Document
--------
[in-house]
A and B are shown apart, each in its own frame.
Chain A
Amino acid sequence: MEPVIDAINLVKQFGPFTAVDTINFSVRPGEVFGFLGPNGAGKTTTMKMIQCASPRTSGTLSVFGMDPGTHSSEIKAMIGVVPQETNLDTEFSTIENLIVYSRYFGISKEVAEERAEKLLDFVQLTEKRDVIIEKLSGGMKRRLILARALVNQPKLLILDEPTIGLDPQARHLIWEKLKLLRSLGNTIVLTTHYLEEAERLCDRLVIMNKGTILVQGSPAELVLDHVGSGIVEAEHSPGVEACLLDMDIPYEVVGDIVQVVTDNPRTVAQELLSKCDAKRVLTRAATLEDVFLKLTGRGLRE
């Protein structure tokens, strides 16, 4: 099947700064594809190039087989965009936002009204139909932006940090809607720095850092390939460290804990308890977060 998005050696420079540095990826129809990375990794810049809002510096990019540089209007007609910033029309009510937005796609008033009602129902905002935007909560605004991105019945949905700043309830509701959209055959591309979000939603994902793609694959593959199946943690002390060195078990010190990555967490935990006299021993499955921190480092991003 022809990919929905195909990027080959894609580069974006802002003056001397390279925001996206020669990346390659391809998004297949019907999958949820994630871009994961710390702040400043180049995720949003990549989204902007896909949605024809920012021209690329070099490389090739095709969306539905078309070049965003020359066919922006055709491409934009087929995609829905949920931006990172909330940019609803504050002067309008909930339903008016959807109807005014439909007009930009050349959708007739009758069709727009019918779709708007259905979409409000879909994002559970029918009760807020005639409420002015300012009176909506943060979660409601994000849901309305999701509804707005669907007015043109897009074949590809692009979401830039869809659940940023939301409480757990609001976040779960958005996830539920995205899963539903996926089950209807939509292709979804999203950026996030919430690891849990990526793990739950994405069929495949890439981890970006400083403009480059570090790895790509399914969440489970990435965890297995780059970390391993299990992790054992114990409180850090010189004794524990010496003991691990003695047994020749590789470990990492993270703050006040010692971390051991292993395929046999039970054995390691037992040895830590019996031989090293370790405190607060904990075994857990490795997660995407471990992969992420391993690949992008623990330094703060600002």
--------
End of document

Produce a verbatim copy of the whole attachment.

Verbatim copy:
[in-house]
A and B are shown apart, each in its own frame.
Chain A
Amino acid sequence: MEPVIDAINLVKQFGPFTAVDTINFSVRPGEVFGFLGPNGAGKTTTMKMIQCASPRTSGTLSVFGMDPGTHSSEIKAMIGVVPQETNLDTEFSTIENLIVYSRYFGISKEVAEERAEKLLDFVQLTEKRDVIIEKLSGGMKRRLILARALVNQPKLLILDEPTIGLDPQARHLIWEKLKLLRSLGNTIVLTTHYLEEAERLCDRLVIMNKGTILVQGSPAELVLDHVGSGIVEAEHSPGVEACLLDMDIPYEVVGDIVQVVTDNPRTVAQELLSKCDAKRVLTRAATLEDVFLKLTGRGLRE
């Protein structure tokens, strides 16, 4: 099947700064594809190039087989965009936002009204139909932006940090809607720095850092390939460290804990308890977060 998005050696420079540095990826129809990375990794810049809002510096990019540089209007007609910033029309009510937005796609008033009602129902905002935007909560605004991105019945949905700043309830509701959209055959591309979000939603994902793609694959593959199946943690002390060195078990010190990555967490935990006299021993499955921190480092991003 022809990919929905195909990027080959894609580069974006802002003056001397390279925001996206020669990346390659391809998004297949019907999958949820994630871009994961710390702040400043180049995720949003990549989204902007896909949605024809920012021209690329070099490389090739095709969306539905078309070049965003020359066919922006055709491409934009087929995609829905949920931006990172909330940019609803504050002067309008909930339903008016959807109807005014439909007009930009050349959708007739009758069709727009019918779709708007259905979409409000879909994002559970029918009760807020005639409420002015300012009176909506943060979660409601994000849901309305999701509804707005669907007015043109897009074949590809692009979401830039869809659940940023939301409480757990609001976040779960958005996830539920995205899963539903996926089950209807939509292709979804999203950026996030919430690891849990990526793990739950994405069929495949890439981890970006400083403009480059570090790895790509399914969440489970990435965890297995780059970390391993299990992790054992114990409180850090010189004794524990010496003991691990003695047994020749590789470990990492993270703050006040010692971390051991292993395929046999039970054995390691037992040895830590019996031989090293370790405190607060904990075994857990490795997660995407471990992969992420391993690949992008623990330094703060600002």